Welcome to the Writers' State

The O.Henry stamp, on sale now
from the USPS.
The South has a rich heritage of storytelling. As I once wrote on this blog: "After all, there are enough quirky characters, class tensions, long-rooted melancholies, traditions, religions, accents, and storytellers in the region to fill millions of volumes."
And while I recognize that Mississippi has created once of the richest gumbos of authors and books, I contend that my home state of North Carolina offers its own fertile ground for creativity.
I know most people first think of Thomas Wolfe, Maya Angelou, Jerry Bledsoe, or even William Sidney Porter (aka O.Henry) when they think of North Carolina writers.
But this state also has been home to Clyde Edgerton, David Brinkley, Doris Betts, Charles Kuralt, Edward R. Murrow, Jill McCorkle, Kaye Gibbons, Lee Smith, and even Zelda Fitzgerald. Zelda once spent an infamous spell in an Asheville institution.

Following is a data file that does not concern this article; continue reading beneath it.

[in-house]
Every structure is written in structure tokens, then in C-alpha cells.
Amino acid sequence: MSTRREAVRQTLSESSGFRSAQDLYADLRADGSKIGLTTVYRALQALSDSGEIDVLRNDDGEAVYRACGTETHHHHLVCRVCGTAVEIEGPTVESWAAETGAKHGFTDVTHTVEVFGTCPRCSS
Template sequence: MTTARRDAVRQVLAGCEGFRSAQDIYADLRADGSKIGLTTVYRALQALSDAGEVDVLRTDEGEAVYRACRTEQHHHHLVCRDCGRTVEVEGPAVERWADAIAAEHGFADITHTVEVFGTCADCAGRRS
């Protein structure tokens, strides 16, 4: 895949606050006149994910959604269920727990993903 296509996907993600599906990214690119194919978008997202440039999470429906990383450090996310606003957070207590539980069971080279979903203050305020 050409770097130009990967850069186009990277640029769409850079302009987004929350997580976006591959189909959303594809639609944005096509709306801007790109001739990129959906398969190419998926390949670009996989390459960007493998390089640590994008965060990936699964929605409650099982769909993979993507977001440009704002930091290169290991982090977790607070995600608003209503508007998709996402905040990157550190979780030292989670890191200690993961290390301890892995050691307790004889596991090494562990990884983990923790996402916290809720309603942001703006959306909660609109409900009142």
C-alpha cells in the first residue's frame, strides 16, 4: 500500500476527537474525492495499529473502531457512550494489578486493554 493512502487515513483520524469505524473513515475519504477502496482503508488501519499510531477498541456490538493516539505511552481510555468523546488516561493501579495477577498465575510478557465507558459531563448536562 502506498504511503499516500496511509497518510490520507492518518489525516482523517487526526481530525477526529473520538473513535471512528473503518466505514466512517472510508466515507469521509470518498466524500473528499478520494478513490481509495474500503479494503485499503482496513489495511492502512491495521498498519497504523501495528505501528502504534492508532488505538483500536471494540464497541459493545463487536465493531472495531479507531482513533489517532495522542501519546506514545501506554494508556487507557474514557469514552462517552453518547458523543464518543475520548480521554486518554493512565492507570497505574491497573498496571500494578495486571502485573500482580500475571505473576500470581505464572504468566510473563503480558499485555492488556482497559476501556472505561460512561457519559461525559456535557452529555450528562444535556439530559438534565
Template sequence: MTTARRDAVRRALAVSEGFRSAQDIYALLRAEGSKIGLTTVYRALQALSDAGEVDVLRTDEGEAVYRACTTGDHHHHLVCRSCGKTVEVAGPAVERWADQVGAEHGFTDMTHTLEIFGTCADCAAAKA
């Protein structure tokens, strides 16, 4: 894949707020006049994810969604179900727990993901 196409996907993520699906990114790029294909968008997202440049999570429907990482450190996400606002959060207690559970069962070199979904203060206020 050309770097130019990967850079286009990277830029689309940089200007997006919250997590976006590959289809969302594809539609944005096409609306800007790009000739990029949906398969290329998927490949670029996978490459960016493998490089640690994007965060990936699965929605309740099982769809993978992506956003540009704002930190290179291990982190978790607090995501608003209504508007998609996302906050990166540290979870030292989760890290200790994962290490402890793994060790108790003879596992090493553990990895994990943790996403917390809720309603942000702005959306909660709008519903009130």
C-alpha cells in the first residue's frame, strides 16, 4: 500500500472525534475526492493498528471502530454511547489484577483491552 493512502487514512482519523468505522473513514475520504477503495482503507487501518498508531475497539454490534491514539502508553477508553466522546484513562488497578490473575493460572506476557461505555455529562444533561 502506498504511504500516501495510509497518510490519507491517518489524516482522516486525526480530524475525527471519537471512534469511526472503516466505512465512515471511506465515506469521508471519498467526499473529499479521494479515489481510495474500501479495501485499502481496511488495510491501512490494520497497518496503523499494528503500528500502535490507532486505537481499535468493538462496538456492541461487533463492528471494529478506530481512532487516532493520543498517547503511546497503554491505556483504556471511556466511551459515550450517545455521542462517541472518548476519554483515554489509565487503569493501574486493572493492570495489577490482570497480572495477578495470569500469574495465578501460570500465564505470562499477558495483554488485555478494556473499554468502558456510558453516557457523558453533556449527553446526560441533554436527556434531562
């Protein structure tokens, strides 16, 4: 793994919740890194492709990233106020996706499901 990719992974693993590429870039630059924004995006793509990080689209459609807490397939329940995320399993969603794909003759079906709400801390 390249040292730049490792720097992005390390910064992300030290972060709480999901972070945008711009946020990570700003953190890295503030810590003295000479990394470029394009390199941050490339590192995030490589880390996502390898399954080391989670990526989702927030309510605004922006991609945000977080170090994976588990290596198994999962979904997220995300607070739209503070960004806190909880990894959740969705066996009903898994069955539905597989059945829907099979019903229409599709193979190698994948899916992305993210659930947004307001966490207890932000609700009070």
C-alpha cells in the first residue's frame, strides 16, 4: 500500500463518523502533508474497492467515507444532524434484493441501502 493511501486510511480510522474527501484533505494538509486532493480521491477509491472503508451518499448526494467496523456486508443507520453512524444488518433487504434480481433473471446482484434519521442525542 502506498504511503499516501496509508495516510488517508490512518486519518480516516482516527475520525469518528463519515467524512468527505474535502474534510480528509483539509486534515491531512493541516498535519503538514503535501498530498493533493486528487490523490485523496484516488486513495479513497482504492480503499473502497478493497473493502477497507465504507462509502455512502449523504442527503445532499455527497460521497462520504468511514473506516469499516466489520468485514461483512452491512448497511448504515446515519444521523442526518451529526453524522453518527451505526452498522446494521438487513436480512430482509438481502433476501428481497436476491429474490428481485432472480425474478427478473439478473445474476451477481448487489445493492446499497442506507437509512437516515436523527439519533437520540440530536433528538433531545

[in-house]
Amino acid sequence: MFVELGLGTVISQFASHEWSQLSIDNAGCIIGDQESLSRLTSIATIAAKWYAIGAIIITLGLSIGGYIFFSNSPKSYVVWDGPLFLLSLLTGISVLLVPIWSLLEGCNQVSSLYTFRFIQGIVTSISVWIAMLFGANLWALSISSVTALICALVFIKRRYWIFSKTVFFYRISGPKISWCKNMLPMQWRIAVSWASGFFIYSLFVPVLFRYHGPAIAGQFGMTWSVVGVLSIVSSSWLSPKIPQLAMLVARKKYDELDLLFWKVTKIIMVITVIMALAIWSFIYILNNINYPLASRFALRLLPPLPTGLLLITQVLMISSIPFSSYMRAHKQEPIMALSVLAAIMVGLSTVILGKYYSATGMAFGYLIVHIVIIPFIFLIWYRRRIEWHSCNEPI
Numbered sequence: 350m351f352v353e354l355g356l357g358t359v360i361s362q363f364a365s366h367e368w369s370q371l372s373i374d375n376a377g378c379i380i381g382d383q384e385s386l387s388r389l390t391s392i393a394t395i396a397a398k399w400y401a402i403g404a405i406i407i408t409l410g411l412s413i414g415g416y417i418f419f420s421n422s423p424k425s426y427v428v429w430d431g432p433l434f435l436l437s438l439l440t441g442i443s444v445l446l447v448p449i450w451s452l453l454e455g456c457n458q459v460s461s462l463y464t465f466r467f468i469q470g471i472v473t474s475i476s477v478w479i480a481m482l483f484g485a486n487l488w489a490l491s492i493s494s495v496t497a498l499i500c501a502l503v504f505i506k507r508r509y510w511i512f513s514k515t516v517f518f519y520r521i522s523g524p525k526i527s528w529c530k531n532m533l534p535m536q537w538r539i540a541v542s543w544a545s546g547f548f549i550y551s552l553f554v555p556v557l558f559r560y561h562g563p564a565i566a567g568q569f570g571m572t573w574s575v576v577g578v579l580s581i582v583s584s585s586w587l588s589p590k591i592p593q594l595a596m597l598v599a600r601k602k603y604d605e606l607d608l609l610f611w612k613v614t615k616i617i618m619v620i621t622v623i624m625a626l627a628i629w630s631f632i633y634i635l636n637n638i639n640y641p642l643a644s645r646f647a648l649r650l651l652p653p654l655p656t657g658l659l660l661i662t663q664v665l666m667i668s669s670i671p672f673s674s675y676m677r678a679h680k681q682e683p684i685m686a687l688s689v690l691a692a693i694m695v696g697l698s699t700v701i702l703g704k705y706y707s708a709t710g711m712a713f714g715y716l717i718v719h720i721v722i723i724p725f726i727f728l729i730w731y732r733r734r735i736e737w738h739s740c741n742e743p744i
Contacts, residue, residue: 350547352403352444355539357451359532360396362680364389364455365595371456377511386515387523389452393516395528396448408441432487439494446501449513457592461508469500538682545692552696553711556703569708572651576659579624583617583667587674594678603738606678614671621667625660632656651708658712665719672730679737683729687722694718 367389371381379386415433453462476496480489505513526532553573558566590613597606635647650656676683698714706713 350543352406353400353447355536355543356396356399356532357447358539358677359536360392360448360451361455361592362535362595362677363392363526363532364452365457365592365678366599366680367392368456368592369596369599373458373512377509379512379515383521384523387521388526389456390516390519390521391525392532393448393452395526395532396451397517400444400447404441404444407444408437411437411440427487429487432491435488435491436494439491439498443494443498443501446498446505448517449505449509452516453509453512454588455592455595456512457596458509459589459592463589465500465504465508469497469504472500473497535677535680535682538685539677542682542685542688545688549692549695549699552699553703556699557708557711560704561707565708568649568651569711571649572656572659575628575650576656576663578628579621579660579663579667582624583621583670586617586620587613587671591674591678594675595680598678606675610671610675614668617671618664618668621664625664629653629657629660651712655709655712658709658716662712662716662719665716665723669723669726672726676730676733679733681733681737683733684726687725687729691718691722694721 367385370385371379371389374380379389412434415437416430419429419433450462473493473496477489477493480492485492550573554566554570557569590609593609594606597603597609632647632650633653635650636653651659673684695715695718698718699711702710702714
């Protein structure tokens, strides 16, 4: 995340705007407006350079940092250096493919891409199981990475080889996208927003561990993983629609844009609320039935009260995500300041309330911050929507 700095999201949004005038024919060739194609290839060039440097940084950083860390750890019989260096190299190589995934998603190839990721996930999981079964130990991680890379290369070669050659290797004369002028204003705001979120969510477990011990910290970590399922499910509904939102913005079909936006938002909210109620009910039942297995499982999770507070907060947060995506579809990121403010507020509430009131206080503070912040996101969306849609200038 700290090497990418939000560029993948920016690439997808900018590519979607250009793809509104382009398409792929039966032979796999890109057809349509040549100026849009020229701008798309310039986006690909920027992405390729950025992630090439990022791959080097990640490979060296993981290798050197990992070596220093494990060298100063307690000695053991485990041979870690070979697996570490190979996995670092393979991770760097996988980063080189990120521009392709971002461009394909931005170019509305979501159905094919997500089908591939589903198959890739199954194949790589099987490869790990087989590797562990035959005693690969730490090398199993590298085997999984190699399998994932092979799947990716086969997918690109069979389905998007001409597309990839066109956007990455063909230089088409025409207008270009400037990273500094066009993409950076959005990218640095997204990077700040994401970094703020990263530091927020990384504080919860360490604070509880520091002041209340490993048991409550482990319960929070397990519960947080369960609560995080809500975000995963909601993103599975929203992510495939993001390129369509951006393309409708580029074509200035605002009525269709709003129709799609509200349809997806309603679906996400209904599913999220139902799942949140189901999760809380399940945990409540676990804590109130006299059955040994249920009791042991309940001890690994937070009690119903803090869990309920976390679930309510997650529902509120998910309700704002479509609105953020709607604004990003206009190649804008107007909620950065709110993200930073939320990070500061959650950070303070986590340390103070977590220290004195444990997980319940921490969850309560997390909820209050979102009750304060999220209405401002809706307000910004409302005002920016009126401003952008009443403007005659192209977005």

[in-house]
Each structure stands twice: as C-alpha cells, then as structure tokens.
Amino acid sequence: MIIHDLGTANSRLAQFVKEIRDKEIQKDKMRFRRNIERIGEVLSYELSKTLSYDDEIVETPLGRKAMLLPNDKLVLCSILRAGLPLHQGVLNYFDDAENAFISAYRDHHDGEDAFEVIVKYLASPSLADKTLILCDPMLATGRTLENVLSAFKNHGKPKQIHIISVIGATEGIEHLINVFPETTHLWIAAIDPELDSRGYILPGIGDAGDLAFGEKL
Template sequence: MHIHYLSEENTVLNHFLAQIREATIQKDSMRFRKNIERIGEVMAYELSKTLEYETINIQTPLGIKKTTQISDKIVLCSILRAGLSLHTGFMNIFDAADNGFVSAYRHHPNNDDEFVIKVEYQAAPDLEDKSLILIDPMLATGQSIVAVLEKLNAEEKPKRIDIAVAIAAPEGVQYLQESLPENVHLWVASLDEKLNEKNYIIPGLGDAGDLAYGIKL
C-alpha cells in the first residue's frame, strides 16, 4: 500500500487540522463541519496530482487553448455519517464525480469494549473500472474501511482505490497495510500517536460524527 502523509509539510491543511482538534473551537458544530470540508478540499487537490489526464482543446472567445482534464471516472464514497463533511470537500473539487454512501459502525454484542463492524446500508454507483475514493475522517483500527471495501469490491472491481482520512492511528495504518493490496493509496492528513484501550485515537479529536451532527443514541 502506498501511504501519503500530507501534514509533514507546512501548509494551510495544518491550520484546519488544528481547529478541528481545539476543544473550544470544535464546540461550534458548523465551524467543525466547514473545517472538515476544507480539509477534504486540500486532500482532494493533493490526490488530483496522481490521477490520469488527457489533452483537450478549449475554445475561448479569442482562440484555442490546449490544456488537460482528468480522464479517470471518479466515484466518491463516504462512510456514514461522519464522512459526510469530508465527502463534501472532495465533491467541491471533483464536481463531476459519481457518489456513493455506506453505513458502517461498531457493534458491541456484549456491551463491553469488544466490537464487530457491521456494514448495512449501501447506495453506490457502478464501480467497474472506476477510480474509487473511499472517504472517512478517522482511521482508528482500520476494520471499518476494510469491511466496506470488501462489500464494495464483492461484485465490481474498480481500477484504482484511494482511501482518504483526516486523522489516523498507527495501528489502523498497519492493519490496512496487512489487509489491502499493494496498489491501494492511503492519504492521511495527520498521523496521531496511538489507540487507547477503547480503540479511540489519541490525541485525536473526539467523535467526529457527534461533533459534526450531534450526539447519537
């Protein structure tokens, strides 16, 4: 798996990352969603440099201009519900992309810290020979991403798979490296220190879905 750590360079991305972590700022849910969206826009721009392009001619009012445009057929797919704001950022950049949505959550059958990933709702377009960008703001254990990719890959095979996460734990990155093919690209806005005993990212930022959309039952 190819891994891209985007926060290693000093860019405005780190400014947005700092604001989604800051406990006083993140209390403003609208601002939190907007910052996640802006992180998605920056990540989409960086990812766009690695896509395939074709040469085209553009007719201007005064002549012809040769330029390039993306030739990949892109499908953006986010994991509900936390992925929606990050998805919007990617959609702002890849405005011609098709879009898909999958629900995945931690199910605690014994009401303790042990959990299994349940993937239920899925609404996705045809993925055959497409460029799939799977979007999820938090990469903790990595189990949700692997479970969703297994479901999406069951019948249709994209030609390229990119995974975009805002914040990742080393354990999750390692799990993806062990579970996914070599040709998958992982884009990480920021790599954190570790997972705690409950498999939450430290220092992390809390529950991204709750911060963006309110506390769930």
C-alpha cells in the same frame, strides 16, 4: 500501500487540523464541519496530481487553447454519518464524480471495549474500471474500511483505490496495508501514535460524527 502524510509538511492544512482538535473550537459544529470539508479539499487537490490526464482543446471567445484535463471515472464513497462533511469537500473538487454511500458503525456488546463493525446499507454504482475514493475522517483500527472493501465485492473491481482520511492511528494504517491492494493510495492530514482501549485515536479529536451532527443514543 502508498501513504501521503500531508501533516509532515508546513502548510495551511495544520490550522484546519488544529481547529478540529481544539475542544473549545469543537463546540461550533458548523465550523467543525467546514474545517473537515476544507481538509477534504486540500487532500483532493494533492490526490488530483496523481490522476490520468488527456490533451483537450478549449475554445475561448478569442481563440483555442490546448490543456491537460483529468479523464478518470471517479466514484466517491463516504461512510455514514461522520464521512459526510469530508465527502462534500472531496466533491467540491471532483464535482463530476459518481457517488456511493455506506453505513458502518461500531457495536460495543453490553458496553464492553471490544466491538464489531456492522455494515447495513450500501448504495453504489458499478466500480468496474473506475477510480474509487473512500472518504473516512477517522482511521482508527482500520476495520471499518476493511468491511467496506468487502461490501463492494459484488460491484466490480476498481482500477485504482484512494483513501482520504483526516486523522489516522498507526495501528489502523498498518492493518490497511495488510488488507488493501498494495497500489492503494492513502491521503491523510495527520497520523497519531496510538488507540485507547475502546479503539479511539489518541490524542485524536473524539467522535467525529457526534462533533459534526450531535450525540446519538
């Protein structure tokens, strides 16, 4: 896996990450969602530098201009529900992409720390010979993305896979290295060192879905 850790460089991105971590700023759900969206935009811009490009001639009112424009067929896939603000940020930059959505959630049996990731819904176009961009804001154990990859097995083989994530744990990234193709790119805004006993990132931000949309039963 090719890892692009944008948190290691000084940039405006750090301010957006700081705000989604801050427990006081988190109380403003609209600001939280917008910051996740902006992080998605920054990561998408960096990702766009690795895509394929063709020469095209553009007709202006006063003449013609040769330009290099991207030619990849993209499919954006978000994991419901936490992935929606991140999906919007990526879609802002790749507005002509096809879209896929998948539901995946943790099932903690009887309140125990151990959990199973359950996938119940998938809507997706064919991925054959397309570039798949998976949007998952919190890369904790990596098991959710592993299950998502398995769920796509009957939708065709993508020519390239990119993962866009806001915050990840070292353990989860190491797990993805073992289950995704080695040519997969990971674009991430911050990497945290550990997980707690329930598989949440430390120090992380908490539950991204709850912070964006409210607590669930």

It's almost one year to the day since Doris Betts died. I was lucky enough to meet her and to review some of her books. What an amazing woman. Read Souls Raised from the Dead. You won't be sorry.
North Carolina also has many famous sites that have been written about, towns that were the inspiration for fictional locations, and hidden gems that are of historical value for those who love literature. One of my favorites is a little-known garden and cemetery in Greensboro where O.Henry's parents and grandparents are buried.
Now there's an online database for all of us who are fascinated by this literary heritage. The University of North Carolina at Greensboro has spent years researching locations of fictional towns and the hometowns of over 3,000 authors.
Recently featured in Our State magazine, the database is finally getting its due for all the hard work. And this will be an ongoing project for UNCG as the state continues to produce new authors, and to provide the backdrop for compelling reads.
If you'd like to peruse that database and its map of storytelling and storytellers, click here.
And if you need something to read, look up any of those authors I listed above. They have an incredible number of books ready to entice you.

1 comment:

  1. Don't forget Orson Scott Card, much as we may hate his politics. My middle school was in "Ender's Game." :)